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Kay delivers heavy rain, strong winds; Swimmers rescued

Areas of Southern California are seeing the impacts of former Tropical Storm Kay, as several trees have been toppled by high winds and persistent rain has raised the likelihood of flooding.

As forecasters predicted, the storm is becoming less organized as it weakens, and though it veered back out toward the Pacific Ocean before it crossed the U.S.-Mexico border, Kay – now a post-tropical cyclone – has brought plenty of much-needed rain to the Southwest. 

It was forecast to weaken into a remnant low by Saturday morning as it moved farther from land.

On Friday night, Kay had maximum sustained winds of 40 mph with gusts strong enough to take down trees, as was witnessed in Norwalk. Crews worked quickly to cut the tree apart so the blocked street could be reopened.

A huge tree fell in Norwalk amid Tropical Storm Kay on Sept. 9, 2022. (KTLA)

The storm also toppled trees in Florence-Firestone and Cerritos.

Swimmers Rescued

The National Weather Service also issued a Coastal Flood Advisory and High Surf Advisory for Catalina and the Santa Barbara Islands where 5 to 9-foot waves were expected along with dangerous rip currents.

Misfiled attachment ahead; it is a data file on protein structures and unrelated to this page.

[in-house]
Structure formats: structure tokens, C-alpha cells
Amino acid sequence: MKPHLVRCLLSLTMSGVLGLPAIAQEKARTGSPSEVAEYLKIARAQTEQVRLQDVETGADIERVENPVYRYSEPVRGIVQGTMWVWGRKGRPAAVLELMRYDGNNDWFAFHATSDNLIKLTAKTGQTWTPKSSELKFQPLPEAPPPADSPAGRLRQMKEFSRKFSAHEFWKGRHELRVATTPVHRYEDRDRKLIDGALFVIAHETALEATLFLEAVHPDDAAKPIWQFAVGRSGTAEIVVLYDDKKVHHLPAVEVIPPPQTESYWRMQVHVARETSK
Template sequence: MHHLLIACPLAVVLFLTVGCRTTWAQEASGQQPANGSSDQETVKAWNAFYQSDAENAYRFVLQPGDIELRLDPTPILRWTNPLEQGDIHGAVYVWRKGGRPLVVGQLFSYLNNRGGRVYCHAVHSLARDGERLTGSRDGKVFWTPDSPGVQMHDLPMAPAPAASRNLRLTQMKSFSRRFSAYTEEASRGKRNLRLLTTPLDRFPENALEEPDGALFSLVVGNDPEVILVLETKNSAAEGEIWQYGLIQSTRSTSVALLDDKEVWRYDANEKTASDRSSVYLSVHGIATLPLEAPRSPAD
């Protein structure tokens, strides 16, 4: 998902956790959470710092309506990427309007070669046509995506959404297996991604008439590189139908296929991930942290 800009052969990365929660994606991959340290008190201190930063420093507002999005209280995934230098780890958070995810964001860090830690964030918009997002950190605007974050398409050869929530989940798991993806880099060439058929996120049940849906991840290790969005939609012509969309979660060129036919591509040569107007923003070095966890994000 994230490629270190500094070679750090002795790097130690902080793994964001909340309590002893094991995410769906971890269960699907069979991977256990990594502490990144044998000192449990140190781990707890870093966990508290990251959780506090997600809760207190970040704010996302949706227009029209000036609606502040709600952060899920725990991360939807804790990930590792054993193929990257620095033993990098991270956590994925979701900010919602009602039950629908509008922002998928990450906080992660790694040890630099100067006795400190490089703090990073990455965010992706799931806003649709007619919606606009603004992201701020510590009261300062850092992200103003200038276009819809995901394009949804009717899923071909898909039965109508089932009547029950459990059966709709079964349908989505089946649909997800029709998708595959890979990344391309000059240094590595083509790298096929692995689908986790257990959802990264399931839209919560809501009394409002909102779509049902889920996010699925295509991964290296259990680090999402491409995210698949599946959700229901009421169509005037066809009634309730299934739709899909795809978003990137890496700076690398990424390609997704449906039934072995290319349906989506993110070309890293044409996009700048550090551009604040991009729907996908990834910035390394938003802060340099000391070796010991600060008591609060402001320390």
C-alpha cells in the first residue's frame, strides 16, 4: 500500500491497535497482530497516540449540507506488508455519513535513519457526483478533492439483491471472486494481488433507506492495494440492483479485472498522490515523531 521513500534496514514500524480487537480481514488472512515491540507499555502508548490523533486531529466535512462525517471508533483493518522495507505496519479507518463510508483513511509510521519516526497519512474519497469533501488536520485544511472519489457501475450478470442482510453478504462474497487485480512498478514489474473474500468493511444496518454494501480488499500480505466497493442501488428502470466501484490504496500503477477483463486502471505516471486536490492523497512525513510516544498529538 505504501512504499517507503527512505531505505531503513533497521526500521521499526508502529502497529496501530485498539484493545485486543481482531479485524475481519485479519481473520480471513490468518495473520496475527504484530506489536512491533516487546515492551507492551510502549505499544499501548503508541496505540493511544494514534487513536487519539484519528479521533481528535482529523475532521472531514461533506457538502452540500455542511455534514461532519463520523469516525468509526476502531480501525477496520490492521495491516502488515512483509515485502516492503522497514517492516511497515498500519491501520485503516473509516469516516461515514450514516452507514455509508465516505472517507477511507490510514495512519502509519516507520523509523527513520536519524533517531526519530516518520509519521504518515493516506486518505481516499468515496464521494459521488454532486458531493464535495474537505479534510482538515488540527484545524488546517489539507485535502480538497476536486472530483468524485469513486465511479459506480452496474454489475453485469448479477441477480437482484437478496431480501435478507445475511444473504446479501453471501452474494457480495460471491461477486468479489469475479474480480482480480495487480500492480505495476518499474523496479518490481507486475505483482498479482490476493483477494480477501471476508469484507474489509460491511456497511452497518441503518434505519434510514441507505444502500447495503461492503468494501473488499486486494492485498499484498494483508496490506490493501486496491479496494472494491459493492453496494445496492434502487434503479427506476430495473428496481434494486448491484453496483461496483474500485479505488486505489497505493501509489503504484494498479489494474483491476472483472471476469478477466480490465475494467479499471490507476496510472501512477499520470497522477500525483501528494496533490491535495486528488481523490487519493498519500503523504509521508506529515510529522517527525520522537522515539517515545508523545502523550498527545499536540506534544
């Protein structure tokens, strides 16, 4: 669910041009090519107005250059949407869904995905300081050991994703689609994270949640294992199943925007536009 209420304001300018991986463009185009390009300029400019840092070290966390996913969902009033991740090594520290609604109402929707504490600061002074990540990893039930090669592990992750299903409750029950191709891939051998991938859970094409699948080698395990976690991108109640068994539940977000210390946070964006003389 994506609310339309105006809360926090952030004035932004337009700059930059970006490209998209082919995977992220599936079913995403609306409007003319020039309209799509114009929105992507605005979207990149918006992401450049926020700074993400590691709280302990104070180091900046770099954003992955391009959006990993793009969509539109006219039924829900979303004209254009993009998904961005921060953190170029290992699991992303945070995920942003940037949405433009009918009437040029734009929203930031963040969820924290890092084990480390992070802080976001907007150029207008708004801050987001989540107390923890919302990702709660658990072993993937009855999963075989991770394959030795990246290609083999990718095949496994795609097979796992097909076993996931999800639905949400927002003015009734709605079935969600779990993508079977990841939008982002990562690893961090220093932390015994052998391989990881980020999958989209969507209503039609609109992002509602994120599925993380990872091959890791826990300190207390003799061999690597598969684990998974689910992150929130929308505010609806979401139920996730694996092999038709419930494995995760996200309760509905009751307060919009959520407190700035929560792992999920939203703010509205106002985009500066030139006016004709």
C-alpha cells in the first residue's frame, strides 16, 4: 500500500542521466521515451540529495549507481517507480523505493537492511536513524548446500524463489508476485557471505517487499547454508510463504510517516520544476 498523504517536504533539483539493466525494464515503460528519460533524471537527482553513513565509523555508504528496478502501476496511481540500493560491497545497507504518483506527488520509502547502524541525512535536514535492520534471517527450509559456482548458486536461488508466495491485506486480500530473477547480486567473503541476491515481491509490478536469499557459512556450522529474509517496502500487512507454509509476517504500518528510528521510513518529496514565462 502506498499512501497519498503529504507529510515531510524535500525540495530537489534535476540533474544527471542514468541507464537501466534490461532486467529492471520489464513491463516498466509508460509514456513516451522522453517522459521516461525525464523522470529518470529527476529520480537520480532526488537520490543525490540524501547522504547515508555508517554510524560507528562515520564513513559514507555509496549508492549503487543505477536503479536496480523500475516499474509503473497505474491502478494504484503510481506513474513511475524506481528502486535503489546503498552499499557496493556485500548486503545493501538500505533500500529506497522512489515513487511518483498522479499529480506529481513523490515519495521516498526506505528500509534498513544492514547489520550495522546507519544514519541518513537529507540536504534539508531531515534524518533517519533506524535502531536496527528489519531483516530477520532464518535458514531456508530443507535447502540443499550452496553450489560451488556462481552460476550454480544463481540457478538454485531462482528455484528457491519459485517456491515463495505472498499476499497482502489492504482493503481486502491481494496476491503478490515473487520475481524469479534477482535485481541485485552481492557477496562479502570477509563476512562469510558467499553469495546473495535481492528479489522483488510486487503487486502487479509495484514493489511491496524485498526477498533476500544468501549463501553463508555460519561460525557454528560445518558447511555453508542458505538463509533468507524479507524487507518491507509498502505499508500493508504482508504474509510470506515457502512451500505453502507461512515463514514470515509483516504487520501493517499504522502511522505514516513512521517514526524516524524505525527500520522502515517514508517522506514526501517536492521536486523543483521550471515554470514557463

Those dangerous currents were plainly visible in Venice, where lifeguards rescued at least 11 swimmers who were caught in the rip currents.

“The lifeguards here in Venice, we’re quick to act,” said Spencer Parker, a lifeguard captain for the Los Angeles County Fire Department.

Long Beach braces for Kay

The City of Long Beach is preparing for high tides and possible high swells by fortifying the berms in the Peninsula.

“The tide has peaked and the berm at the Peninsula has eroded significantly,” the city’s fire department said Thursday evening.

Sandbags and sand are available in the parking lot at 72nd Place and Ocean Boulevard, as well as Station 7, 2295 Elm St.; Station 12, 1199 Artesia Blvd.; Station 13, 2475 Adriatic Ave.; and Station 14, 5200 Eliot St.

Los Angeles-area Watches & Warnings

Sandbags without sand are available at all other fire stations.

“Sand and sandbags are available only to Long Beach residents. Residents are required to bring their IDs to pick up a maximum of 10 bags. Residents are advised to bring their own shovel and/or tool when collecting sand. It is recommended that those individuals needing specific assistance with filling sandbags respond to the Claremont lot for additional support. It is illegal to pick up sand from the beaches,” city officials said.

As of Friday night, fire officials described the flooding as mild, with no damage reported.

Tropical Storm Kay radar as of 6:30 p.m. Pacific on Sept. 9, 2022

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